To investigate the changes in A-to-I RNA editing events during the course of C. albicans infection, we measured their activities using the mean editing level of all events and the normalized editing levels of common editing sites across all time points. While the former displayed a slight upward trend of RNA editing activity during the course of infection, the latter showed a significant increase of RNA editing levels for sites located in the three different regions, Alu, Nonre, and Renonalu (Fig. 2d). Unexpectedly, the increased RNA editing levels were not associated with an increased expression of ADAR1 and ADAR2 genes (ADAR3 gene expression was not detectable) in human epithelial and endothelial cells. Previous studies [5, 39, 40] showed that increased A-to-I RNA editing activities were often associated with the up-regulated expression of ADARs. In the cases of (influenza) viral infected host cells, increased RNA editing activities were found to be accompanied by upregulation of ADARs through the innate immune pathway, newly revealed by our parallelly submitted paper. The observed difference between infection of influenza virus and that of C. albicans raises an interesting question about the mechanism of upregulated A-to-I editing activities in the case of C. albicans infection in human epithelial and endothelial cells, presenting a significant challenge for researchers in the field.

To further examine the effect of C. albicans infection on A-to-I RNA editing activities in epithelial and endothelial cells in vivo, we investigated a C. albicans infected mouse model to analyze RNA editing changes during infection. We identified a total of 1133 and 955 RNA-editing events in mouse tongue and kidney tissues, respectively. Due to the lack of Alu elements, mouse has a much lower number of A-to-I editing sites detected compared to human. Comparing to the sequence feature flanking editing sites in human cell lines, the 3′ G depletion in A-to-I RNA sites was much less in mouse tissues. In addition, these editing sites exhibited a significant tissue specificity. These data represents the first documented A-to-I RNA editome for mouse tongue and kidney tissues.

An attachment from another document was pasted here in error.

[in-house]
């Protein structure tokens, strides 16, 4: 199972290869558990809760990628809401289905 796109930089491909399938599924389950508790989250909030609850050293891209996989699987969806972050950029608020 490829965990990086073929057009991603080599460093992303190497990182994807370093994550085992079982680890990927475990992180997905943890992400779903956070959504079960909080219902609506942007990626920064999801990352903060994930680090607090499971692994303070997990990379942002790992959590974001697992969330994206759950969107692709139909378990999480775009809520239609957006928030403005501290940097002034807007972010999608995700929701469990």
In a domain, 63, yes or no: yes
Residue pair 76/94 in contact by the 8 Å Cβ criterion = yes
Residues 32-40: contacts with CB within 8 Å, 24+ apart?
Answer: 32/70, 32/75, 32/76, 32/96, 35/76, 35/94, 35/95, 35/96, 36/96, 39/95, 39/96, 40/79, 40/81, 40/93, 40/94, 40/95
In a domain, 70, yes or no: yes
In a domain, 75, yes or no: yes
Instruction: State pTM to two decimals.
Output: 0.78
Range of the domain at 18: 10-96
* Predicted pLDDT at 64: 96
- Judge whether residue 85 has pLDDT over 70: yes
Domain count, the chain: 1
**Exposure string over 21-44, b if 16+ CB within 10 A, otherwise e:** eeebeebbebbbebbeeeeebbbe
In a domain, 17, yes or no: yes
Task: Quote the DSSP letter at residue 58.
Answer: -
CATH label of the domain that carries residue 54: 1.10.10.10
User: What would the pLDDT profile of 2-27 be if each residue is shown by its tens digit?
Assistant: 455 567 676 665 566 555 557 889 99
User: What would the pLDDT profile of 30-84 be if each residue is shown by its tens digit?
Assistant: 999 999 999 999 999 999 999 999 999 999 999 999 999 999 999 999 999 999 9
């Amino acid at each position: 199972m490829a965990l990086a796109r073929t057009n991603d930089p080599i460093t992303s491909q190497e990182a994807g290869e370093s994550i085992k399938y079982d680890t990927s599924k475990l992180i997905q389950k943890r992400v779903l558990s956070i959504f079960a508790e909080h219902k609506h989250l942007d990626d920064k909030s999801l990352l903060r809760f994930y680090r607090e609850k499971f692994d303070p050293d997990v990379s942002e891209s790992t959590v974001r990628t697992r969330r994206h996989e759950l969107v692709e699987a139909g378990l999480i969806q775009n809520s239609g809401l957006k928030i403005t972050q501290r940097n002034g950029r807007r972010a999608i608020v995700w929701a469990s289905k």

To illustrate the changes of RNA editing in mouse model infected with C. albicans in vivo, similarly we measured the RNA editing activities by the mean editing level of all events and by the normalized editing levels of common editing sites cross all time points for mouse tongue and kidney tissues. However, different from the results of C. albicans infected human epithelial and endothelial cells, the normalized editing levels remained stable in mouse kidney tissues along the course of infection, whereas the normalized editing level in tongue tissues dropped slightly on day three post infection before returning to normal. The different results from the in vivo mouse model were likely due to the more complex in vivo environments. Interactions between C. albicans and host animals are undoubtedly more complex because of the various factors exiting in in vivo environments, like the presence of circulating immune system cells. It is likely the immune cells modulate the response of epithelial and endothelial cells in the in vivo mouse model. It is also possible that the mixed cell types from mouse tongue and kidney tissues inundated the signals generated from epithelial and endothelial cells infected with C. albicans. Nonetheless, our current study suggested a likely roles of ADAR mediated A-to-I RNA editing in microorganism infections, like C. albicans. Future study may be pursued with additional microorganisms in pathogenic settings to understand the roles of RNA editing in innate immune response to whole scope of infectious agents.